Beautiful Olive-skinned Bride

Macedón

Nevesto, kaleš ubava (Невесто, калеш убава)

Невесто калеш убава
Невесто калеш мори убава,
што кротко одиш леле на вода.
На таја чешма леле студена,
со тие стомни леле шарени.

Дали тежат леле стомните
или ти тежит леле ѓерданот?
Дали тежат леле стомните
или ти тежит леле ѓерданот?

Нити ми тежат леле стомните,
ниту ми тежит леле ѓерданот.
Туку ми тежит леле меракот,
меракот ми е леле далеку.

Меракот ми е леле далеку,
во таја пуста леле Битола.
Во таја пуста леле Битола,
во тие темни леле зандани.

Submitter's comments:

Uste edna narodna pesna. Another traditional folk song. I did not upload the video, I only linked to it.

Nevesto kaleš ubava
Nevesto kaleš mori ubava,
što krotko odiš lele na voda.
Na taja češma lele studena,
so tie stomni lele šareni.

Dali težat lele stomnite
ili ti težit lele gjerdanot?
Dali težat lele stomnite
ili ti težit lele gjerdanot?

Niti mi težat lele stomnite,
nitu mi težit lele gjerdanot.
Tuku mi težit lele merakot,
merakot mi e lele daleku.

Merakot mi e lele daleku,
vo taja pusta lele Bitola.
Vo taja pusta lele Bitola,
vo tie temni lele zandani.

Videó megtekintése
Try to align
Angol

Beautiful Olive-skinned Bride

Oh beautiful olive-skinned bride,
Oh you beautiful olive-skinned bride,
How gently you walk, oh my, to fetch water
To that, oh my, cold tap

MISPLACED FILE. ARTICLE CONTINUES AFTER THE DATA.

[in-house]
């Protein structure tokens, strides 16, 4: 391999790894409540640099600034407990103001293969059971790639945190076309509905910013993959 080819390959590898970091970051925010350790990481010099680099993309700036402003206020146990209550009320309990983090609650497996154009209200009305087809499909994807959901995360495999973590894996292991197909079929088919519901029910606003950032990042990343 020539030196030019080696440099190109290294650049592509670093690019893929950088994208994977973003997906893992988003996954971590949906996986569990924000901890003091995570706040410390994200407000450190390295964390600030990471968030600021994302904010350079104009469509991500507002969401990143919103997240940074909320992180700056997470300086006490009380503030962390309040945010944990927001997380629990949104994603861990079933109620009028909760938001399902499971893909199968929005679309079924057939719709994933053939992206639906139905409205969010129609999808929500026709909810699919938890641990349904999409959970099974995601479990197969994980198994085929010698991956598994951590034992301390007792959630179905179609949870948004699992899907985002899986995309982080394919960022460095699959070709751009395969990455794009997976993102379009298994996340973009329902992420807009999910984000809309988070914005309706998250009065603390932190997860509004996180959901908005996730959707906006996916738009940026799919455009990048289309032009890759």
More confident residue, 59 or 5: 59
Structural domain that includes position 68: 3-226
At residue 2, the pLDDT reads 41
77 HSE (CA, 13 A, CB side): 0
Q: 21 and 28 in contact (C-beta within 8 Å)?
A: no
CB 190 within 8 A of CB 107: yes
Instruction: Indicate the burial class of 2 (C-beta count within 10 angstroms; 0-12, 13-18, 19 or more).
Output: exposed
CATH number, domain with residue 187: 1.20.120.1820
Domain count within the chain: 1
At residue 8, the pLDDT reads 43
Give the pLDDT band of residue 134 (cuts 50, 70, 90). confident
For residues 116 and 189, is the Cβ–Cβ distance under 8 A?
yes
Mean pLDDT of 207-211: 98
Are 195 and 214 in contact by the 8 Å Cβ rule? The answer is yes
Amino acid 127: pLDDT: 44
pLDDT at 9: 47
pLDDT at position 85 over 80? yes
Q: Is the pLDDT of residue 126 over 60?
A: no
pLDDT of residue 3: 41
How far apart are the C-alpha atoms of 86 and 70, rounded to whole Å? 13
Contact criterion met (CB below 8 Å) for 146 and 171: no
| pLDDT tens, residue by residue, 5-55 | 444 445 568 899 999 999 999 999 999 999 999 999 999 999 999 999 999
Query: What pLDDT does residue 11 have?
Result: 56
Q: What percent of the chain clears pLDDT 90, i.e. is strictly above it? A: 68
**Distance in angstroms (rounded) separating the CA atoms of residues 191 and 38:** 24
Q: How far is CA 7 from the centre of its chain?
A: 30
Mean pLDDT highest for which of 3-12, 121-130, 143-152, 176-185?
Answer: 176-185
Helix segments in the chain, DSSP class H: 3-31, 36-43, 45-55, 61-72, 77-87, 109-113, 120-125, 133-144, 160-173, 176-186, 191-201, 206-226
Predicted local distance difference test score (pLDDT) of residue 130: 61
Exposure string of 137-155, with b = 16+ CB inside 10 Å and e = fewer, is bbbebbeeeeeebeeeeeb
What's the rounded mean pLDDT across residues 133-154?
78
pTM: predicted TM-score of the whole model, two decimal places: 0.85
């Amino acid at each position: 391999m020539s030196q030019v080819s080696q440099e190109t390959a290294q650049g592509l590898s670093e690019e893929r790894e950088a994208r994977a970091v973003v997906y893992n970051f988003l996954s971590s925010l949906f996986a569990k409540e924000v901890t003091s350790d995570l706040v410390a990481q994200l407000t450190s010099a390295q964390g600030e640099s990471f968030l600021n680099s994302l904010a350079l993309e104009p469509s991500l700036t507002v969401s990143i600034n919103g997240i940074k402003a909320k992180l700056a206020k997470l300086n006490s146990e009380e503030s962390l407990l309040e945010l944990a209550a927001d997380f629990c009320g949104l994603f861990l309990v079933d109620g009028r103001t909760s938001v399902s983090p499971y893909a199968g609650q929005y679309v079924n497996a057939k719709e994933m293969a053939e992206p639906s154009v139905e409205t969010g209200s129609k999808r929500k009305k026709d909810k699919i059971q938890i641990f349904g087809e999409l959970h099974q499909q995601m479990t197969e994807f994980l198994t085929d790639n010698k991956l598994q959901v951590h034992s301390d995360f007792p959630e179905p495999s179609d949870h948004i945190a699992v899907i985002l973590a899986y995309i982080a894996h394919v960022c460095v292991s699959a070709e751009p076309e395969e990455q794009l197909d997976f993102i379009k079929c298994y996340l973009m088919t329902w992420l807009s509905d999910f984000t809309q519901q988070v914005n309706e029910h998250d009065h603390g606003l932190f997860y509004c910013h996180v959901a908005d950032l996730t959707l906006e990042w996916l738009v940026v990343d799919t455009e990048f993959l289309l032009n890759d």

With those, oh my, colourful clay jugs.

Are they heavy, oh my, those clay jugs?
Or does your necklace, oh my, feel heavy?
Are they heavy, oh my, those clay jugs?
Or does your necklace, oh my, feel heavy?

Neither do my, oh my, water jugs feel heavy,
Nor does my, oh my, necklace feel heavy,
But my heart feels heavy,
My joy is, oh my, far away.

My joy is far away,
In that barren, oh my, Bitola
In that barren, oh my, Bitola
In those dark, oh my, dungeons.

Kűldve: Linerva Kedd, 02/11/2010 - 00:05
Szerző észrevételei:

- ‘Mori’ implies you are addressing someone, but is not essential.

- ‘Lele’ can be interpreted in various ways, but it can signify surprise, disappointment, frustration or simply be there for emphasis, especially in a folk song.

- Stomni are earthenware jugs used for carrying water.

- It is not uncommon for someone to refer to a young, married woman as a nevesta (bride) even though it’s not actually her wedding day. So in the context the speaker is subtly setting the scene for her story by telling us she is not an unmarried young woman (moma, devojka etc) before she reveals the reason for her sadness.

- Merak is quite hard to translate, it depends on the context. It is something akin to joy, passion, feeling or doing something with all one’s heart. Greeks also use this expression in a similar way I think. Here she's saying in a roundabout way that all the joy in her life went with her husband when he was locked up in Bitola.

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Macedón → Angol - Linerva
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